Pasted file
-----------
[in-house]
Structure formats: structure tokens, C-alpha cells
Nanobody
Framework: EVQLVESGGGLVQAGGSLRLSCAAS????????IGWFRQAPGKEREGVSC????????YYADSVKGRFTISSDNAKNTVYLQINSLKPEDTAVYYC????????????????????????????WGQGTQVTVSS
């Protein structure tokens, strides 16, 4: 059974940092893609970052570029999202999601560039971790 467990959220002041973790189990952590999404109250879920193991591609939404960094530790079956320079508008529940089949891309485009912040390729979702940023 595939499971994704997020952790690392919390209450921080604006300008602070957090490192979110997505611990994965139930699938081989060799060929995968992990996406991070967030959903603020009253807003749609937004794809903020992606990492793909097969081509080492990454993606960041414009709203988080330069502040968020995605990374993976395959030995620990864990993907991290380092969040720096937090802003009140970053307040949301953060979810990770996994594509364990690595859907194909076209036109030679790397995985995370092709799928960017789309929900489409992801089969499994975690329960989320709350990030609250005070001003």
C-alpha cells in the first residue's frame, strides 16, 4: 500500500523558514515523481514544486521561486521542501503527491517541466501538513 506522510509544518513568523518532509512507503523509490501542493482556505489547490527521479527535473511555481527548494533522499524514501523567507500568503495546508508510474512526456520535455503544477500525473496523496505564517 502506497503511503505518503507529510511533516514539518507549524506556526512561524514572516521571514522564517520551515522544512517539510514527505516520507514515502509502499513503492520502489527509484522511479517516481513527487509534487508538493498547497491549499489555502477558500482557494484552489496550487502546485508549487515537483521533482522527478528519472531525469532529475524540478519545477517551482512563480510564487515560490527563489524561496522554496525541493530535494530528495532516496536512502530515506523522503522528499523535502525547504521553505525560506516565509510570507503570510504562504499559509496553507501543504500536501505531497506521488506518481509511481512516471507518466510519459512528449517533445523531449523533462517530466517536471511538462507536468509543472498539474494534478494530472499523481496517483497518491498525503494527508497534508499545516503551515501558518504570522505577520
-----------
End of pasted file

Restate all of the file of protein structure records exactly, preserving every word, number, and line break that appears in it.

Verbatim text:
[in-house]
Structure formats: structure tokens, C-alpha cells
Nanobody
Framework: EVQLVESGGGLVQAGGSLRLSCAAS????????IGWFRQAPGKEREGVSC????????YYADSVKGRFTISSDNAKNTVYLQINSLKPEDTAVYYC????????????????????????????WGQGTQVTVSS
């Protein structure tokens, strides 16, 4: 059974940092893609970052570029999202999601560039971790 467990959220002041973790189990952590999404109250879920193991591609939404960094530790079956320079508008529940089949891309485009912040390729979702940023 595939499971994704997020952790690392919390209450921080604006300008602070957090490192979110997505611990994965139930699938081989060799060929995968992990996406991070967030959903603020009253807003749609937004794809903020992606990492793909097969081509080492990454993606960041414009709203988080330069502040968020995605990374993976395959030995620990864990993907991290380092969040720096937090802003009140970053307040949301953060979810990770996994594509364990690595859907194909076209036109030679790397995985995370092709799928960017789309929900489409992801089969499994975690329960989320709350990030609250005070001003």
C-alpha cells in the first residue's frame, strides 16, 4: 500500500523558514515523481514544486521561486521542501503527491517541466501538513 506522510509544518513568523518532509512507503523509490501542493482556505489547490527521479527535473511555481527548494533522499524514501523567507500568503495546508508510474512526456520535455503544477500525473496523496505564517 502506497503511503505518503507529510511533516514539518507549524506556526512561524514572516521571514522564517520551515522544512517539510514527505516520507514515502509502499513503492520502489527509484522511479517516481513527487509534487508538493498547497491549499489555502477558500482557494484552489496550487502546485508549487515537483521533482522527478528519472531525469532529475524540478519545477517551482512563480510564487515560490527563489524561496522554496525541493530535494530528495532516496536512502530515506523522503522528499523535502525547504521553505525560506516565509510570507503570510504562504499559509496553507501543504500536501505531497506521488506518481509511481512516471507518466510519459512528449517533445523531449523533462517530466517536471511538462507536468509543472498539474494534478494530472499523481496517483497518491498525503494527508497534508499545516503551515501558518504570522505577520